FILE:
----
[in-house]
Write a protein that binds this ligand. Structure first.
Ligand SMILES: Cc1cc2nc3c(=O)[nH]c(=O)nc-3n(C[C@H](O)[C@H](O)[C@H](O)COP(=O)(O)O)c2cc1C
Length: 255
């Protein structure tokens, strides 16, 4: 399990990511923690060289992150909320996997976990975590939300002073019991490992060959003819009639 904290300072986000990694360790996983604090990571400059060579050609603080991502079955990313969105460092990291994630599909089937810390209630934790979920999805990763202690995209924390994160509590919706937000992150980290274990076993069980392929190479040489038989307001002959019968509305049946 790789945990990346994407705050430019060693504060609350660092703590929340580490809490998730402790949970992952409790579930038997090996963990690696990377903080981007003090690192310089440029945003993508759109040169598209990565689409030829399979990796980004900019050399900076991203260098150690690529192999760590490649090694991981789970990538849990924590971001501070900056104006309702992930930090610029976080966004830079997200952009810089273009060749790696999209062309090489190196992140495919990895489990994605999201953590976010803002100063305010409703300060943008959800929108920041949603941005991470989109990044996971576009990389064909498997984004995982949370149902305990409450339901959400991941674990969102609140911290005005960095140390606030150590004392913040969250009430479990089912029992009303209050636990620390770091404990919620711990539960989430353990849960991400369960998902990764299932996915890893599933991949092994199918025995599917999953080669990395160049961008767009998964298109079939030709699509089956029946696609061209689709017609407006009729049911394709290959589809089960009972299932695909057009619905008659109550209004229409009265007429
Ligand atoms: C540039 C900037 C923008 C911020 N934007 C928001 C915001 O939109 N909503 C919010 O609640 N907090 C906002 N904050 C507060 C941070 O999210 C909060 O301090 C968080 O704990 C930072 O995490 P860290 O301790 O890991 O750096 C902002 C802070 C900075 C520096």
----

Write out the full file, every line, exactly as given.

[in-house]
Write a protein that binds this ligand. Structure first.
Ligand SMILES: Cc1cc2nc3c(=O)[nH]c(=O)nc-3n(C[C@H](O)[C@H](O)[C@H](O)COP(=O)(O)O)c2cc1C
Length: 255
């Protein structure tokens, strides 16, 4: 399990990511923690060289992150909320996997976990975590939300002073019991490992060959003819009639 904290300072986000990694360790996983604090990571400059060579050609603080991502079955990313969105460092990291994630599909089937810390209630934790979920999805990763202690995209924390994160509590919706937000992150980290274990076993069980392929190479040489038989307001002959019968509305049946 790789945990990346994407705050430019060693504060609350660092703590929340580490809490998730402790949970992952409790579930038997090996963990690696990377903080981007003090690192310089440029945003993508759109040169598209990565689409030829399979990796980004900019050399900076991203260098150690690529192999760590490649090694991981789970990538849990924590971001501070900056104006309702992930930090610029976080966004830079997200952009810089273009060749790696999209062309090489190196992140495919990895489990994605999201953590976010803002100063305010409703300060943008959800929108920041949603941005991470989109990044996971576009990389064909498997984004995982949370149902305990409450339901959400991941674990969102609140911290005005960095140390606030150590004392913040969250009430479990089912029992009303209050636990620390770091404990919620711990539960989430353990849960991400369960998902990764299932996915890893599933991949092994199918025995599917999953080669990395160049961008767009998964298109079939030709699509089956029946696609061209689709017609407006009729049911394709290959589809089960009972299932695909057009619905008659109550209004229409009265007429
Ligand atoms: C540039 C900037 C923008 C911020 N934007 C928001 C915001 O939109 N909503 C919010 O609640 N907090 C906002 N904050 C507060 C941070 O999210 C909060 O301090 C968080 O704990 C930072 O995490 P860290 O301790 O890991 O750096 C902002 C802070 C900075 C520096």